Lycoming traces its beginning to a mid-nineteenth century sewing machine manufacturer. In 1907 that company was sold and restructured as the Lycoming Foundry and Machine Company, which produced automobile engines, and later was a subsidiary of the Auburn Auto Company. Although its early aircraft engines were radials, Lycoming entered the light-aircraft engine field early in 1938 with the introduction of the air-cooled, four-cylinder, horizontally opposed O-145 engine.
Along with Continental and Franklin, Lycoming was a basic provider of engines for the ubiquitous bright yellow Piper Cub, synonymous with small general aviation aircraft for many years. Most recently Lycoming became a subsidiary of Textron Inc.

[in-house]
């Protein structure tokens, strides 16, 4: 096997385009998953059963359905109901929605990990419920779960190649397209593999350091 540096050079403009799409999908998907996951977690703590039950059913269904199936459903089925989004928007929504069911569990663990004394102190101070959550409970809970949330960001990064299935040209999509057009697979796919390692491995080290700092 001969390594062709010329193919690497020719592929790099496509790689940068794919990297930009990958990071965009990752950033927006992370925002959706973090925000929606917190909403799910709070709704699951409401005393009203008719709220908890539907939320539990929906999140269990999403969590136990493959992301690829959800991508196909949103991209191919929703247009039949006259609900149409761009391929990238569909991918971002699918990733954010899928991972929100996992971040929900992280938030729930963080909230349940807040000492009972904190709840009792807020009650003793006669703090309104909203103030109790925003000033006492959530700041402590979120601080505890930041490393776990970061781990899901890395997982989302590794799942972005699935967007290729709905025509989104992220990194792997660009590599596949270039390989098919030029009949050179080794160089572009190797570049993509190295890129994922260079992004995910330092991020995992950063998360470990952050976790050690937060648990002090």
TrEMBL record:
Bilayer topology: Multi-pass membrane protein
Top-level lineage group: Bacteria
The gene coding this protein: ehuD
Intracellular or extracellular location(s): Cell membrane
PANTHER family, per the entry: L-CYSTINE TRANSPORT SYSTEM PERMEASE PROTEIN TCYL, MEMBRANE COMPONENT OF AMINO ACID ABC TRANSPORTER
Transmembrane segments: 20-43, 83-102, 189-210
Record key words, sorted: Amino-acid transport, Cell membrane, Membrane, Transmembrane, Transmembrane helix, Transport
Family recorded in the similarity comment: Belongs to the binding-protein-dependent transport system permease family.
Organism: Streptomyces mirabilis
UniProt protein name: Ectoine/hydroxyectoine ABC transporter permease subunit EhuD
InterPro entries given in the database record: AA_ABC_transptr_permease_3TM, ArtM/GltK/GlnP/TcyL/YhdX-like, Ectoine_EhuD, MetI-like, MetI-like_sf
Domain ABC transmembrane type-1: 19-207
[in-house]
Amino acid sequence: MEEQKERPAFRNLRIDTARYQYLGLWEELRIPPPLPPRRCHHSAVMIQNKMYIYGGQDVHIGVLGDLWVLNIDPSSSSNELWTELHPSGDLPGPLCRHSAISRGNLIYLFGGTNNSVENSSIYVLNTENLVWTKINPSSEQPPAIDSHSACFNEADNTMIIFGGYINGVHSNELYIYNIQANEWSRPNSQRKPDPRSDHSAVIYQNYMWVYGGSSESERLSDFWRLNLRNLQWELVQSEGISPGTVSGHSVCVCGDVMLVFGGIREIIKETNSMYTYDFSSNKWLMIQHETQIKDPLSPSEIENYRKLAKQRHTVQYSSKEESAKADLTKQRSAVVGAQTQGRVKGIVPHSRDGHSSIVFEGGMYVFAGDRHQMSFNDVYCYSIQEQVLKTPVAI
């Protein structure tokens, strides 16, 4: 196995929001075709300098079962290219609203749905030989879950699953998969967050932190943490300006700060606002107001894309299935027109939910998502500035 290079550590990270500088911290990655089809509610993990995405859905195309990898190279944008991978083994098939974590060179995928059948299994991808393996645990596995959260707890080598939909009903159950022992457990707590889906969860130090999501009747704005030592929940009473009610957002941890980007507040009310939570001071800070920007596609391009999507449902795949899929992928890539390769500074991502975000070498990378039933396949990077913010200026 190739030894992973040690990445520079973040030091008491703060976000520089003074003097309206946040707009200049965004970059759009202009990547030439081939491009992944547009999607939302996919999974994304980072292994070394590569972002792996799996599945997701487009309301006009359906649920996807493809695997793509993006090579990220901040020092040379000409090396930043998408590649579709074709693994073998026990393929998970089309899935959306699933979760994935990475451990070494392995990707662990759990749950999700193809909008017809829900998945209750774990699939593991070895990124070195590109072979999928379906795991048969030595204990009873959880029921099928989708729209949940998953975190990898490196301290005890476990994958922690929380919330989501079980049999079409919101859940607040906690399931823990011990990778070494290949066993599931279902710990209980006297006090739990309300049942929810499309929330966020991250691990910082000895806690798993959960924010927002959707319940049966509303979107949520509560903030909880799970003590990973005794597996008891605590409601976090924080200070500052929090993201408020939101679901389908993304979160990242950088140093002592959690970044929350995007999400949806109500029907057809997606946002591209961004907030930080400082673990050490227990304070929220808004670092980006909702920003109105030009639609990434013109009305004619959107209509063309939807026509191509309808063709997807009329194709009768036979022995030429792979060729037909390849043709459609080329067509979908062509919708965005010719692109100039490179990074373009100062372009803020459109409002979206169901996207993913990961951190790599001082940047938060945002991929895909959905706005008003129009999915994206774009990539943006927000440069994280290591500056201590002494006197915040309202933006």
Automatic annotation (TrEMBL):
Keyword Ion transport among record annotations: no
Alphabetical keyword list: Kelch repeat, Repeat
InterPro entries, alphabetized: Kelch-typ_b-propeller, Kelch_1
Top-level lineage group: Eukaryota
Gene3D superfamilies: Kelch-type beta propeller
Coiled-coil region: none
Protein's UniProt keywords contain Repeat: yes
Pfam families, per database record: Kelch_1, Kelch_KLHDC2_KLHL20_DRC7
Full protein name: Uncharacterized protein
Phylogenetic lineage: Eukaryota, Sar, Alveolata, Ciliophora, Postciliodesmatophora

Designed to operate in a vertical position, the XO-435-7 powered the Sikorsky XH-6 and H-6B helicopters. A shaft-driven fan ducted cooling air through a wrap-around engine cowling. Models of the O-435 powered aircraft such as the Vultee-Stinson L-5 and O-62 and Fleetwings XBQ-2 and PQ-12A.